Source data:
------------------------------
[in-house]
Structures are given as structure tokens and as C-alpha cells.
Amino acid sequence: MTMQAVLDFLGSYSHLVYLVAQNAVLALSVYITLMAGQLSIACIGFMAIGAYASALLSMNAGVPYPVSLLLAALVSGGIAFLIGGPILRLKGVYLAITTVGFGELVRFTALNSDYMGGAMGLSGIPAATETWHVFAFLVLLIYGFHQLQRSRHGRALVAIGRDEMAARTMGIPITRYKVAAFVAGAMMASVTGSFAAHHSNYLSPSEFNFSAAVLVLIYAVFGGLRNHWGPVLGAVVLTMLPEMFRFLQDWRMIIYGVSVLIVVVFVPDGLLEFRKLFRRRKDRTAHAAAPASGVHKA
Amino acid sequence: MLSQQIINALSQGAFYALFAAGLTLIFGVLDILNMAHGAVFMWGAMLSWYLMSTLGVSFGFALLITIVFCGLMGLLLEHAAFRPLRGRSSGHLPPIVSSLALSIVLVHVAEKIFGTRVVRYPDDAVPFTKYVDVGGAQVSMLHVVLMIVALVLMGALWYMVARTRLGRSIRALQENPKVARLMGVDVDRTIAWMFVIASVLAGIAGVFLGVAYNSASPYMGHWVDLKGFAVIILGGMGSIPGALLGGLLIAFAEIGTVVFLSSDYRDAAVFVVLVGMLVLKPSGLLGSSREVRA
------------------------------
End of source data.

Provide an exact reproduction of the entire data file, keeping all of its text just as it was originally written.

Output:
[in-house]
Structures are given as structure tokens and as C-alpha cells.
Amino acid sequence: MTMQAVLDFLGSYSHLVYLVAQNAVLALSVYITLMAGQLSIACIGFMAIGAYASALLSMNAGVPYPVSLLLAALVSGGIAFLIGGPILRLKGVYLAITTVGFGELVRFTALNSDYMGGAMGLSGIPAATETWHVFAFLVLLIYGFHQLQRSRHGRALVAIGRDEMAARTMGIPITRYKVAAFVAGAMMASVTGSFAAHHSNYLSPSEFNFSAAVLVLIYAVFGGLRNHWGPVLGAVVLTMLPEMFRFLQDWRMIIYGVSVLIVVVFVPDGLLEFRKLFRRRKDRTAHAAAPASGVHKA
Amino acid sequence: MLSQQIINALSQGAFYALFAAGLTLIFGVLDILNMAHGAVFMWGAMLSWYLMSTLGVSFGFALLITIVFCGLMGLLLEHAAFRPLRGRSSGHLPPIVSSLALSIVLVHVAEKIFGTRVVRYPDDAVPFTKYVDVGGAQVSMLHVVLMIVALVLMGALWYMVARTRLGRSIRALQENPKVARLMGVDVDRTIAWMFVIASVLAGIAGVFLGVAYNSASPYMGHWVDLKGFAVIILGGMGSIPGALLGGLLIAFAEIGTVVFLSSDYRDAAVFVVLVGMLVLKPSGLLGSSREVRA